Baby Love Child banner

Guest blog- He’s Not “Legit:” Adam Pertman’s adoption marketing is an ongoing threat to human rights

Today’s post is a special guest blog written by my partner, Mike Doughney, originally posted to his personal blog. Just to clarify, Mike is not an adopted person. He often describes his relationship to adoption as “Sleeps with Bastard.”


ebd-records-bullshit-updateI think it’s really bad form to start off a post with a dictionary definition, but unfortunately there seems to be a lot of people out there who are obviously not clear on the basics.

human rights, pl.n. The basic rights and freedoms to which all humans are entitled…

There’s that word in the middle: “all.” Human rights, if they are rights, apply to all people. A simple concept, isn’t it?

Unfortunately, when it comes to the world of adoption, various camps – primarily, the institutions that make up the adoption industry itself – have a lot to gain from complicating the simple things.

Let’s take Adam Pertman as today’s rather timely example. Pertman is the Executive Director of the Evan B. Donaldson Institute, which I’ll call “EBD” for short. What is this “Institute?” Take a look at their own website, and you’ll see what spawned it – an adoption agency, Spence-Chapin. Heck, the “Institute” is even named for the onetime president of this adoption agency:

The Adoption Institute was established in 1996 through the initiative of the Board of Spence-Chapin Services to Families and Children, which saw a need for an independent and unbiased adoption research and policy organization. Evan B. Donaldson was a member of the Spence-Chapin Board of Directors continuously from 1977 on, serving as president from 1986 until her death in 1994.

I think it’s quite appropriate to laugh at those words, “independent and unbiased.” The EBD’s sole business is the promotion of adoption, providing backing for adoption agencies in general, while Spence-Chapin is still featured prominently on the front page of the EBD website as an “organizational partner.”

As for Adam Pertman, his book and his rhetoric hammer the same themes over and over, that the practice of adoption “for growing a family” must be somehow considered completely normal, societally normalized. His function is that of advocacy from the point of view of the satisfied customer. The problem with this is that such advocate-customers often seek to validate their past decisions by preserving and promoting the business that supplied them with a product or service. It is secondary to advocate-customers if the business is found to be doing harm in the process of providing that service, or is detrimental to the people who are integral to that product, only that the business continue to function to serve even more customers just like Pertman. Such advocate-customers can also be completely without a clue about details that are vitally important to others affected by such a business – in this case, Pertman ignores the actual details and history of the process of actually opening birth certificates to adoptees through legislation.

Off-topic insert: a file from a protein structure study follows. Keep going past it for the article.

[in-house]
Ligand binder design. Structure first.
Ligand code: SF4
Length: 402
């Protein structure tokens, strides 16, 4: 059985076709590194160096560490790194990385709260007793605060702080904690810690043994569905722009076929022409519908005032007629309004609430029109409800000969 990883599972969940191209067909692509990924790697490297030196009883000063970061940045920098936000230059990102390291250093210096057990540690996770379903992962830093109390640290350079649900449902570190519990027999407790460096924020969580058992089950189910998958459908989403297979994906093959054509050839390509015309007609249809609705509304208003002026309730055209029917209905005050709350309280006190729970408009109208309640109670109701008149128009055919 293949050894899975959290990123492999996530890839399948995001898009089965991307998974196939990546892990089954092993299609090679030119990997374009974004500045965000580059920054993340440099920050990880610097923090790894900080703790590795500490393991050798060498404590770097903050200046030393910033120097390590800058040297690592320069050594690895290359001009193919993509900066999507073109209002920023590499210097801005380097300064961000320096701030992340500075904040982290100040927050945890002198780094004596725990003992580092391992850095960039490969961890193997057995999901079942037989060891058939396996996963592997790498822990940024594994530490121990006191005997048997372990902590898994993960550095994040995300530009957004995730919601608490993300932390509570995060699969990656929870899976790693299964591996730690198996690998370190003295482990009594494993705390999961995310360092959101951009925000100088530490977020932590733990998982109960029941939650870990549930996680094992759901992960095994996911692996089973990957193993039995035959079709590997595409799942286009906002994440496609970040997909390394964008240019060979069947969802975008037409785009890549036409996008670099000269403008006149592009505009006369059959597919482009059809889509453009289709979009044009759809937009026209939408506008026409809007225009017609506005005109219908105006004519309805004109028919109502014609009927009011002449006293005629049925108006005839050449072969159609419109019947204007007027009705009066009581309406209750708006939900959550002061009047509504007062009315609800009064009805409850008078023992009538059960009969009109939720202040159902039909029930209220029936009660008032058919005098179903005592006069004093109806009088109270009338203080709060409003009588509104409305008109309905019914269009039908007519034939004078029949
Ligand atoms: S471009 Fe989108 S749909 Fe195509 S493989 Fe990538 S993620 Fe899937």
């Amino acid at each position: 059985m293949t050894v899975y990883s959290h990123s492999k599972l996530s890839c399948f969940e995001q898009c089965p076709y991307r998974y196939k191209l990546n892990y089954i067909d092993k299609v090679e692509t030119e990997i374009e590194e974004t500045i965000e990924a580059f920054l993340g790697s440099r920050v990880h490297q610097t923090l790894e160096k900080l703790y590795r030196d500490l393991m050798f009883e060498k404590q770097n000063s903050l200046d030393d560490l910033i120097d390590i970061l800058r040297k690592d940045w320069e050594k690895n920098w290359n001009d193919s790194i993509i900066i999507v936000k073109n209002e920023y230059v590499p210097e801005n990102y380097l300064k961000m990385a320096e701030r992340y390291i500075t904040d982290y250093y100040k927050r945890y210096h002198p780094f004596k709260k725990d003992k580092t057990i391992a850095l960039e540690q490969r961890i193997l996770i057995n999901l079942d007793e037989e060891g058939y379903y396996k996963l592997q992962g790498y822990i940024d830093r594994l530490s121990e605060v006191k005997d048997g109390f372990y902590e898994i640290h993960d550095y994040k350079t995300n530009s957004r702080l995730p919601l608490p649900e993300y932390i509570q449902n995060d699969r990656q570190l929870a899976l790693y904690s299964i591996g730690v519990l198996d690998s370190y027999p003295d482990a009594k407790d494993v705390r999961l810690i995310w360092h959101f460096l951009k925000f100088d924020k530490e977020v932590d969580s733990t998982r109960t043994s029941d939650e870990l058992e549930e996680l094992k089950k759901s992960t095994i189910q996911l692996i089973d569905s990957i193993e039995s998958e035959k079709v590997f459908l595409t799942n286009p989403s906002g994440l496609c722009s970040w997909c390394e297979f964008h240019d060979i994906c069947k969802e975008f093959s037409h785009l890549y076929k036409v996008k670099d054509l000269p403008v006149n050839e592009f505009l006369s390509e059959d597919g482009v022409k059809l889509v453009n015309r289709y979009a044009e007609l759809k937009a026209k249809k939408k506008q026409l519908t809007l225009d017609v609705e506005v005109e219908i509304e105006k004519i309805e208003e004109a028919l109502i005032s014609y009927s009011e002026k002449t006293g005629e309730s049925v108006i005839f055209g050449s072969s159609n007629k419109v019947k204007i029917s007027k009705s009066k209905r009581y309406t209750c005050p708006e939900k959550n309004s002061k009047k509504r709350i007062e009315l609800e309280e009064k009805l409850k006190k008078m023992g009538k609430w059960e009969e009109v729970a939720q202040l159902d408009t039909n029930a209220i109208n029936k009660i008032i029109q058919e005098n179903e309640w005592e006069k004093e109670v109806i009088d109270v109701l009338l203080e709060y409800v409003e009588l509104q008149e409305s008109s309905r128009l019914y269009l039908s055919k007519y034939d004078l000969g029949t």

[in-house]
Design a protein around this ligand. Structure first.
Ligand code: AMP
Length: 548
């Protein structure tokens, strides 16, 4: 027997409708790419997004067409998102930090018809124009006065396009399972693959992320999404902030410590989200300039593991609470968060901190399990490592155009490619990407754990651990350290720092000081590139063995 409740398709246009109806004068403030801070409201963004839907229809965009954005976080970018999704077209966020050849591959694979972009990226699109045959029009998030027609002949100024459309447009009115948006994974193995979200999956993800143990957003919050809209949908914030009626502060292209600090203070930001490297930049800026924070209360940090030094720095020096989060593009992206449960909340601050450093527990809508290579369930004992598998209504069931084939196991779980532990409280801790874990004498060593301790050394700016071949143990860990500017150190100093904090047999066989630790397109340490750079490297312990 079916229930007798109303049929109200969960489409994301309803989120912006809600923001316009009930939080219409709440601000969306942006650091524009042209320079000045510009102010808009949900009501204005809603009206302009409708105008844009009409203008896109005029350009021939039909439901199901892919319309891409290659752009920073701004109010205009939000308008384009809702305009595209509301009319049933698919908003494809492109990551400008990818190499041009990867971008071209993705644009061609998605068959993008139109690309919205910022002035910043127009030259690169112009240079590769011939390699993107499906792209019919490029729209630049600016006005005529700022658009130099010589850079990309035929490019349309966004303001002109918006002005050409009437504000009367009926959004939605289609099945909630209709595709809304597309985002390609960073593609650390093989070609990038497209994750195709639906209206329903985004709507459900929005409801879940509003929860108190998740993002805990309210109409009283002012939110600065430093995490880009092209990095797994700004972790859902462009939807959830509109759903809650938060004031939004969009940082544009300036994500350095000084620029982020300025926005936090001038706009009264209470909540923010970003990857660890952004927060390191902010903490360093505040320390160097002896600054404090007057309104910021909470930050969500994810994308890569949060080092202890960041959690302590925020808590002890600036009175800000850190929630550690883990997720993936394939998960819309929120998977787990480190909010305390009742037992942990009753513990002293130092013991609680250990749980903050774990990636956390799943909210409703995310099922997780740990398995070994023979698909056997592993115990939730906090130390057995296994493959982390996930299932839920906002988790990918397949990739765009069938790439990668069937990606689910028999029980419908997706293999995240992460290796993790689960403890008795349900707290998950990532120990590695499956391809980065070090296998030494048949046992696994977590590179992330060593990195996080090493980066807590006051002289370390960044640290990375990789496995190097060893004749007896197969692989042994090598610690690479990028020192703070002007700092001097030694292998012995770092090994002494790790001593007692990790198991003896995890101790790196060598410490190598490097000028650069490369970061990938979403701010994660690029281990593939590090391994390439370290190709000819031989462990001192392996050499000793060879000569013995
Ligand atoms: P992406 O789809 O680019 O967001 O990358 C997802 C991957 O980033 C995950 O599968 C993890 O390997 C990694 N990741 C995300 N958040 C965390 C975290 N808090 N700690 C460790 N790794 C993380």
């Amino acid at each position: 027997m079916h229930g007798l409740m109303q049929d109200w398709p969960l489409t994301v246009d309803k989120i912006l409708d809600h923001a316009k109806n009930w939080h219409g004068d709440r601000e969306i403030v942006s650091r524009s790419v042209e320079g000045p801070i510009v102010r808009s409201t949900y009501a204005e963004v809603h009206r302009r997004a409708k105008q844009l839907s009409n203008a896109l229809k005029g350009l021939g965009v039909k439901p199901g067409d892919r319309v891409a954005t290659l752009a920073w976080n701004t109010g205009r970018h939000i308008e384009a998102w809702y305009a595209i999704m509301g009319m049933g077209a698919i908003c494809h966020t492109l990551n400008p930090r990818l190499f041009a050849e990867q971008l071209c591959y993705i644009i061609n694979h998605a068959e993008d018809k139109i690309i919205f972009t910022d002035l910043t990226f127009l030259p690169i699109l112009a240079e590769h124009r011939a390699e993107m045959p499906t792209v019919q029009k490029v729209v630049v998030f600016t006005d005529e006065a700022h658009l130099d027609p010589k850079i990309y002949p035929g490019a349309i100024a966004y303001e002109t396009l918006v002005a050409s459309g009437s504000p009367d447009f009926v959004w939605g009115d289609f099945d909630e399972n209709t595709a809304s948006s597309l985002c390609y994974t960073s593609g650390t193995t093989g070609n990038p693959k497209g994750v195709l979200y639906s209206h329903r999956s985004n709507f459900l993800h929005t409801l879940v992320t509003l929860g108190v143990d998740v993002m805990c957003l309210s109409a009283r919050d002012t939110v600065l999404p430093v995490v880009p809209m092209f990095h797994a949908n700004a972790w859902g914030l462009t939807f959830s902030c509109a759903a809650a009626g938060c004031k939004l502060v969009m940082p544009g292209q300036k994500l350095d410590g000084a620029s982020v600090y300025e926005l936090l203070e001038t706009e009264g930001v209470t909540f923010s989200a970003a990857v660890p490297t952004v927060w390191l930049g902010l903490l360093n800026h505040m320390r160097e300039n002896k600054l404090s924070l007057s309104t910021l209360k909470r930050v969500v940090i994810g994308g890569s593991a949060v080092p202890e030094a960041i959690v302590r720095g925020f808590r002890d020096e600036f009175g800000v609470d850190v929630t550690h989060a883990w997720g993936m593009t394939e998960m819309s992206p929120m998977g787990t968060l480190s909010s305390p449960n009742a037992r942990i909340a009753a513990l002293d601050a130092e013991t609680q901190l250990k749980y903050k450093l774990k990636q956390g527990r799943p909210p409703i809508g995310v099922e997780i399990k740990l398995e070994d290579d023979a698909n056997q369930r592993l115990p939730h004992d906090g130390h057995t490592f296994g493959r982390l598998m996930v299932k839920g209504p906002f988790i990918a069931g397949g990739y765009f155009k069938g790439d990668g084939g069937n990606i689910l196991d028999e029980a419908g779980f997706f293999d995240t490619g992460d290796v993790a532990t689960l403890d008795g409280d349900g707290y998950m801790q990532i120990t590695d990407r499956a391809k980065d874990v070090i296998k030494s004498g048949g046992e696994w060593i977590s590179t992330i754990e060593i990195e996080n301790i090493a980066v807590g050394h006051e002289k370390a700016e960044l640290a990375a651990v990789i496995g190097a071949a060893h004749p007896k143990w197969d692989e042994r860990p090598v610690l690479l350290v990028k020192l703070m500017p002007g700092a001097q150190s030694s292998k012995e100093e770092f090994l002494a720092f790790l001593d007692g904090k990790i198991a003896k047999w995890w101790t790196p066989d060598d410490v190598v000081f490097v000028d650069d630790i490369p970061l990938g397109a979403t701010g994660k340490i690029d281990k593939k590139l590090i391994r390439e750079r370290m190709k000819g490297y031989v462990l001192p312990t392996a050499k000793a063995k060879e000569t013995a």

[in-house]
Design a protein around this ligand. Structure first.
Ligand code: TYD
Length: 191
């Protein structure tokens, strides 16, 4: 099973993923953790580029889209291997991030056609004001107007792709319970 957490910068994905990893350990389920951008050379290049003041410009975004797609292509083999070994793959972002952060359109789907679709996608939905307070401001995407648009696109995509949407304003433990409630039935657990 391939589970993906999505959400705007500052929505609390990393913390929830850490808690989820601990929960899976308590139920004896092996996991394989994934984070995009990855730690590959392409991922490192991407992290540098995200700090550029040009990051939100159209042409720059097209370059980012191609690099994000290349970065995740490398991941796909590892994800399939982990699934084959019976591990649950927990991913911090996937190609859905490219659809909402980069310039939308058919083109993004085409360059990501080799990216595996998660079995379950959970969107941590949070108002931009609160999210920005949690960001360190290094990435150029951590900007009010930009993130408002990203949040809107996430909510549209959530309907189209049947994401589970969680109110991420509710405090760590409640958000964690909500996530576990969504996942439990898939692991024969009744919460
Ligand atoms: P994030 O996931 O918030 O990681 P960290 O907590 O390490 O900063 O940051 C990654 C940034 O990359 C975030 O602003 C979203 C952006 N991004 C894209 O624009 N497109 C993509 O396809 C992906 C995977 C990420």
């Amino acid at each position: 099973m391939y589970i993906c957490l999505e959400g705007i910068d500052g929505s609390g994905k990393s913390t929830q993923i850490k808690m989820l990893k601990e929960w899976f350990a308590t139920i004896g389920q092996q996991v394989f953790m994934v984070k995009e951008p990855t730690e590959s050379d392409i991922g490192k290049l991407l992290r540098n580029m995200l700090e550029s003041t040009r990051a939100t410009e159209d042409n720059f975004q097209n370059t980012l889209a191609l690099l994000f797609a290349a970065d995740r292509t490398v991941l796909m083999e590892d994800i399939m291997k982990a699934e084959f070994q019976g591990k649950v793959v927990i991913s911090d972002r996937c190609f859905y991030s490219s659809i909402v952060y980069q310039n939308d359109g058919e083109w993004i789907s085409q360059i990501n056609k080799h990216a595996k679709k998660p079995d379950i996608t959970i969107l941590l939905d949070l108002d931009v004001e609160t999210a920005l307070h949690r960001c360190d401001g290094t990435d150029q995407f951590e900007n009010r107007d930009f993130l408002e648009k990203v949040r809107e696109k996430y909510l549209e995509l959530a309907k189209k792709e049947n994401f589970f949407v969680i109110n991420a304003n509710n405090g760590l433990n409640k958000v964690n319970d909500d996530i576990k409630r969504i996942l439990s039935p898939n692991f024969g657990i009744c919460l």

That the “product” here involves real live human children should in itself raise a few red flags. That Adam Pertman, an adopter and adoption promoter, is barging in and opportunistically seizing upon the language of adoptee rights that has historically been primarily the domain of adopted people themselves, crafted by the adoptee rights movement, should also raise some red flags, particularly among exactly those adoptees.

Adam Pertman has had a decade or so to appropriate the language of adoptee  rights for his own uses, making some inroads among some adoptees and adoption-related groups who are, inexplicably, supporting the latest spectacle created by Pertman and the EBD, including the AAC and CUB. Problem is, every time Pertman opens his mouth, he takes a simple issue – access to birth certificates for all adopted people, no exceptions – and complicates it beyond all recognition, subverting it so that, in practice adoptees end up being left behind. Pertman does not act as if he was concerned with a matter of gaining civil rights for each and every member of an affected group, which is not resolvable through legislation that makes that civil right conditional on the permission of others.

His lack of concern for actual rights is necessitated by his role as a marketer. His role is to promote the EBD and adoption through a number of methods. The promotional method that most clearly hampers adoptee rights is through EBD’s repeated practice of submitting and presenting testimony to state legislatures whenever legislation involving access to birth certificates is being considered.  Unfortunately, Pertman and EBD never address the merits or faults of the particular proposed legislation, but have merely carried and repeated from state to state the same canned presentation for the past five years or more. Testimony by Adam Pertman does not accomplish the actual work of convincing legislators to open birth certificates for all, but is primarily to raise his image and that of the EBD as “experts,” as providers of marketing-survey-based position papers that uniformly prop up adoption, which he repeatedly calls a “wondrous institution.”